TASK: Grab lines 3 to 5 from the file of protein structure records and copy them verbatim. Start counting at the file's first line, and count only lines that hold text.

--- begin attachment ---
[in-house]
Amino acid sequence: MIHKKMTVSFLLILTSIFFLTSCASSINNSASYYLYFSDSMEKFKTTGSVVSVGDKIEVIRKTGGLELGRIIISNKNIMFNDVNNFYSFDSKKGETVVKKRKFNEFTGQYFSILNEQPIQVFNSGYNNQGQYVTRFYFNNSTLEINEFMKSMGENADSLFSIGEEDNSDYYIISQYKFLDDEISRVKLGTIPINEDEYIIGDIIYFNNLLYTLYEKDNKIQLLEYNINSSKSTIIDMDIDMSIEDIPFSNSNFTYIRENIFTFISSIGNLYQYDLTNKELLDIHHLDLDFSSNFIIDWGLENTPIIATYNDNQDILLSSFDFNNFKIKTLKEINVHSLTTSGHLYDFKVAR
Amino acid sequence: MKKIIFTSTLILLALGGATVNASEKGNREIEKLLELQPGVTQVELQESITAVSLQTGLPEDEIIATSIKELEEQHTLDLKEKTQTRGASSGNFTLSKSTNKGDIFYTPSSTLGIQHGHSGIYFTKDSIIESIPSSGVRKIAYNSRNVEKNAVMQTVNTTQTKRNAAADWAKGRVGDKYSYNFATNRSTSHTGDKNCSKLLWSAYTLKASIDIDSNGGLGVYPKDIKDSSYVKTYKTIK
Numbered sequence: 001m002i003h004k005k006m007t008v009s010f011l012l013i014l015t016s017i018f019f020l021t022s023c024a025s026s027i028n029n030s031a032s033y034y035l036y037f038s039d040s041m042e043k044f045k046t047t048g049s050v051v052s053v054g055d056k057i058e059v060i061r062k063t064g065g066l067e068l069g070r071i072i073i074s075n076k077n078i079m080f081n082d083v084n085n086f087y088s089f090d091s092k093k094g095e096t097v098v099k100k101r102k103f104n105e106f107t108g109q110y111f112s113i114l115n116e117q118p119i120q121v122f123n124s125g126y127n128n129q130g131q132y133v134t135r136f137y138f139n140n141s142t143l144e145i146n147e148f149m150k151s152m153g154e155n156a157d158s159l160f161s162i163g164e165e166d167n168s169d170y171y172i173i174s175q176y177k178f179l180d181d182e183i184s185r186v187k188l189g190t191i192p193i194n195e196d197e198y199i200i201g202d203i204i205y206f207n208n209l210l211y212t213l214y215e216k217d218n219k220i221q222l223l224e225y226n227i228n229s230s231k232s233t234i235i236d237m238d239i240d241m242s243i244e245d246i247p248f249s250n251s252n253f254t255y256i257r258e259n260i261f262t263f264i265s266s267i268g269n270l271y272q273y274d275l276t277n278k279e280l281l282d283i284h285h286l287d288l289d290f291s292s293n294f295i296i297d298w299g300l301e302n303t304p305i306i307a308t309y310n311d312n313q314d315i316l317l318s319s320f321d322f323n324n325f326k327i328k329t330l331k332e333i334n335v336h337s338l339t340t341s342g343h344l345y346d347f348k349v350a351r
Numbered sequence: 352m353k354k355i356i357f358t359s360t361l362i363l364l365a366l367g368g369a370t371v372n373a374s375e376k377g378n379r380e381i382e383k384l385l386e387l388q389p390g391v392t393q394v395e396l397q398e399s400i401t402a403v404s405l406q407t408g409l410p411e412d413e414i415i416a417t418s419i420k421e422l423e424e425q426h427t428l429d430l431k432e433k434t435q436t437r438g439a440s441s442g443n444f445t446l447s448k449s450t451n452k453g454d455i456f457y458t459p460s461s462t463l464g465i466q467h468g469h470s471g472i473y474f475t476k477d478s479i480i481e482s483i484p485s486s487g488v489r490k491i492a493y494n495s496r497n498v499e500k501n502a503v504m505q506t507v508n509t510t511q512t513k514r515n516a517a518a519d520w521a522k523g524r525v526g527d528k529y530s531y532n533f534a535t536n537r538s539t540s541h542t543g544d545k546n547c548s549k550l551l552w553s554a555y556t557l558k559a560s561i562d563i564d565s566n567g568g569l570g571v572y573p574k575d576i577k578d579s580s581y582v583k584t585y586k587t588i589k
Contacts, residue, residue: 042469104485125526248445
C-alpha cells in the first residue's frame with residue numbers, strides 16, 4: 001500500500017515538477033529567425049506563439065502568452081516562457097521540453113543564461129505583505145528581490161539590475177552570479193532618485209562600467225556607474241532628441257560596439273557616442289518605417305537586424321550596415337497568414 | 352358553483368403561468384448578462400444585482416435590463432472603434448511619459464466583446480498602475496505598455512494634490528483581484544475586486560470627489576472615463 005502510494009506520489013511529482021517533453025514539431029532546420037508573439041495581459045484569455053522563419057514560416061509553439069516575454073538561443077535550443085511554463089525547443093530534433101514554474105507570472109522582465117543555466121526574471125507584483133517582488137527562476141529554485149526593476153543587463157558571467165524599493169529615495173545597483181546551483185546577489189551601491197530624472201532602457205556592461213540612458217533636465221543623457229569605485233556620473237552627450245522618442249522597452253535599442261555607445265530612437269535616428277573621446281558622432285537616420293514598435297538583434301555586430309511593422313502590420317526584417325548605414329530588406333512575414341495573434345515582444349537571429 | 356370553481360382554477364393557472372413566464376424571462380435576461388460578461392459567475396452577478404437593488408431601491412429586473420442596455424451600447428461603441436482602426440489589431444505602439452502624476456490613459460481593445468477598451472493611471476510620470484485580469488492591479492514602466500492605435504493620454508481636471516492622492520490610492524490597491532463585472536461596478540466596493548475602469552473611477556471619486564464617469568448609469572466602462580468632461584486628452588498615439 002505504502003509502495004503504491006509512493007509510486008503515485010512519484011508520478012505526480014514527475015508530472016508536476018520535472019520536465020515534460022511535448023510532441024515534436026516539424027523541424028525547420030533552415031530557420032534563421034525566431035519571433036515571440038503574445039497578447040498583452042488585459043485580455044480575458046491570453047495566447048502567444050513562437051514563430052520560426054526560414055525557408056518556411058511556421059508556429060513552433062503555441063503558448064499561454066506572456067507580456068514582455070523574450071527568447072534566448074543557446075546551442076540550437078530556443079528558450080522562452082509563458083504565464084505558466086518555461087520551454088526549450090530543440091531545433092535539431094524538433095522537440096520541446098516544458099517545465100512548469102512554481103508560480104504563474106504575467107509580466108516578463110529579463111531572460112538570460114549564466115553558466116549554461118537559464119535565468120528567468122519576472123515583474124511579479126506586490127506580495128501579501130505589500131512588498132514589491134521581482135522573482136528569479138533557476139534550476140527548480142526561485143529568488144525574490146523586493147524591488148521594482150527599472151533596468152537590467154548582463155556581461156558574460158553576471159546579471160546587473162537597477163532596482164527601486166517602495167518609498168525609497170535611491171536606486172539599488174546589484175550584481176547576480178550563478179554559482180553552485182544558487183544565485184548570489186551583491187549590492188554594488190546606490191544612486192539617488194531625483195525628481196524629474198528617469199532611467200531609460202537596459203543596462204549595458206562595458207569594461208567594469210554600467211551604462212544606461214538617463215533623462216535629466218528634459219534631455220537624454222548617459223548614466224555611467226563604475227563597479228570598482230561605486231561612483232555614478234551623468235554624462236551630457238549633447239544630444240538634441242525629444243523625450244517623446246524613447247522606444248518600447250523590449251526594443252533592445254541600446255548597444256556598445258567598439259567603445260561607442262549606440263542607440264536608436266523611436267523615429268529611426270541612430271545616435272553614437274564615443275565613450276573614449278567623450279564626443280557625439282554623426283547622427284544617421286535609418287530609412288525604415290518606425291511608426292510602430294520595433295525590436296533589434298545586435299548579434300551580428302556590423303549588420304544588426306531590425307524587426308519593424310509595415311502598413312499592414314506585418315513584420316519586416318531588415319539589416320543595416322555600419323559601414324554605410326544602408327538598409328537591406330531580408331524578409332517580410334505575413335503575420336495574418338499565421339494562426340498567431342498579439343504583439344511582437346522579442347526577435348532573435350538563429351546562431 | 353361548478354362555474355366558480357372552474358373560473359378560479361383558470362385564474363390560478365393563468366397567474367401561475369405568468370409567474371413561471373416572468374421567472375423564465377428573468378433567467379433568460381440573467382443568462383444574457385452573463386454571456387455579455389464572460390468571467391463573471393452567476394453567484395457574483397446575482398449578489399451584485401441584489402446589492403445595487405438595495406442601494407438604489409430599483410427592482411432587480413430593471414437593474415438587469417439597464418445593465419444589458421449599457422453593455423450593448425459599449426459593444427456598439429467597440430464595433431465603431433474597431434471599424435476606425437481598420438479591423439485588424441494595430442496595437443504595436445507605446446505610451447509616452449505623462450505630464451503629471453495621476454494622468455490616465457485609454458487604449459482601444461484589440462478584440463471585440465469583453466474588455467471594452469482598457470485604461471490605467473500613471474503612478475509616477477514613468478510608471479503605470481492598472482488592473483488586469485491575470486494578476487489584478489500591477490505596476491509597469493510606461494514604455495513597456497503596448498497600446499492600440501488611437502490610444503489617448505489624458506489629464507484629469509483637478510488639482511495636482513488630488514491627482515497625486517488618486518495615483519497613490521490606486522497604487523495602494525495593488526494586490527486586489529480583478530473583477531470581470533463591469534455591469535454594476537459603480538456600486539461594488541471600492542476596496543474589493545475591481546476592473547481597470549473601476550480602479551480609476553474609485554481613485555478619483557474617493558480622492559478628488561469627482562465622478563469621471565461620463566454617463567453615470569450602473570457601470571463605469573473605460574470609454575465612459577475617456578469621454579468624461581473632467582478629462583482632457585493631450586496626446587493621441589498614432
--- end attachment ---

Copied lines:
Amino acid sequence: MKKIIFTSTLILLALGGATVNASEKGNREIEKLLELQPGVTQVELQESITAVSLQTGLPEDEIIATSIKELEEQHTLDLKEKTQTRGASSGNFTLSKSTNKGDIFYTPSSTLGIQHGHSGIYFTKDSIIESIPSSGVRKIAYNSRNVEKNAVMQTVNTTQTKRNAAADWAKGRVGDKYSYNFATNRSTSHTGDKNCSKLLWSAYTLKASIDIDSNGGLGVYPKDIKDSSYVKTYKTIK
Numbered sequence: 001m002i003h004k005k006m007t008v009s010f011l012l013i014l015t016s017i018f019f020l021t022s023c024a025s026s027i028n029n030s031a032s033y034y035l036y037f038s039d040s041m042e043k044f045k046t047t048g049s050v051v052s053v054g055d056k057i058e059v060i061r062k063t064g065g066l067e068l069g070r071i072i073i074s075n076k077n078i079m080f081n082d083v084n085n086f087y088s089f090d091s092k093k094g095e096t097v098v099k100k101r102k103f104n105e106f107t108g109q110y111f112s113i114l115n116e117q118p119i120q121v122f123n124s125g126y127n128n129q130g131q132y133v134t135r136f137y138f139n140n141s142t143l144e145i146n147e148f149m150k151s152m153g154e155n156a157d158s159l160f161s162i163g164e165e166d167n168s169d170y171y172i173i174s175q176y177k178f179l180d181d182e183i184s185r186v187k188l189g190t191i192p193i194n195e196d197e198y199i200i201g202d203i204i205y206f207n208n209l210l211y212t213l214y215e216k217d218n219k220i221q222l223l224e225y226n227i228n229s230s231k232s233t234i235i236d237m238d239i240d241m242s243i244e245d246i247p248f249s250n251s252n253f254t255y256i257r258e259n260i261f262t263f264i265s266s267i268g269n270l271y272q273y274d275l276t277n278k279e280l281l282d283i284h285h286l287d288l289d290f291s292s293n294f295i296i297d298w299g300l301e302n303t304p305i306i307a308t309y310n311d312n313q314d315i316l317l318s319s320f321d322f323n324n325f326k327i328k329t330l331k332e333i334n335v336h337s338l339t340t341s342g343h344l345y346d347f348k349v350a351r
Numbered sequence: 352m353k354k355i356i357f358t359s360t361l362i363l364l365a366l367g368g369a370t371v372n373a374s375e376k377g378n379r380e381i382e383k384l385l386e387l388q389p390g391v392t393q394v395e396l397q398e399s400i401t402a403v404s405l406q407t408g409l410p411e412d413e414i415i416a417t418s419i420k421e422l423e424e425q426h427t428l429d430l431k432e433k434t435q436t437r438g439a440s441s442g443n444f445t446l447s448k449s450t451n452k453g454d455i456f457y458t459p460s461s462t463l464g465i466q467h468g469h470s471g472i473y474f475t476k477d478s479i480i481e482s483i484p485s486s487g488v489r490k491i492a493y494n495s496r497n498v499e500k501n502a503v504m505q506t507v508n509t510t511q512t513k514r515n516a517a518a519d520w521a522k523g524r525v526g527d528k529y530s531y532n533f534a535t536n537r538s539t540s541h542t543g544d545k546n547c548s549k550l551l552w553s554a555y556t557l558k559a560s561i562d563i564d565s566n567g568g569l570g571v572y573p574k575d576i577k578d579s580s581y582v583k584t585y586k587t588i589k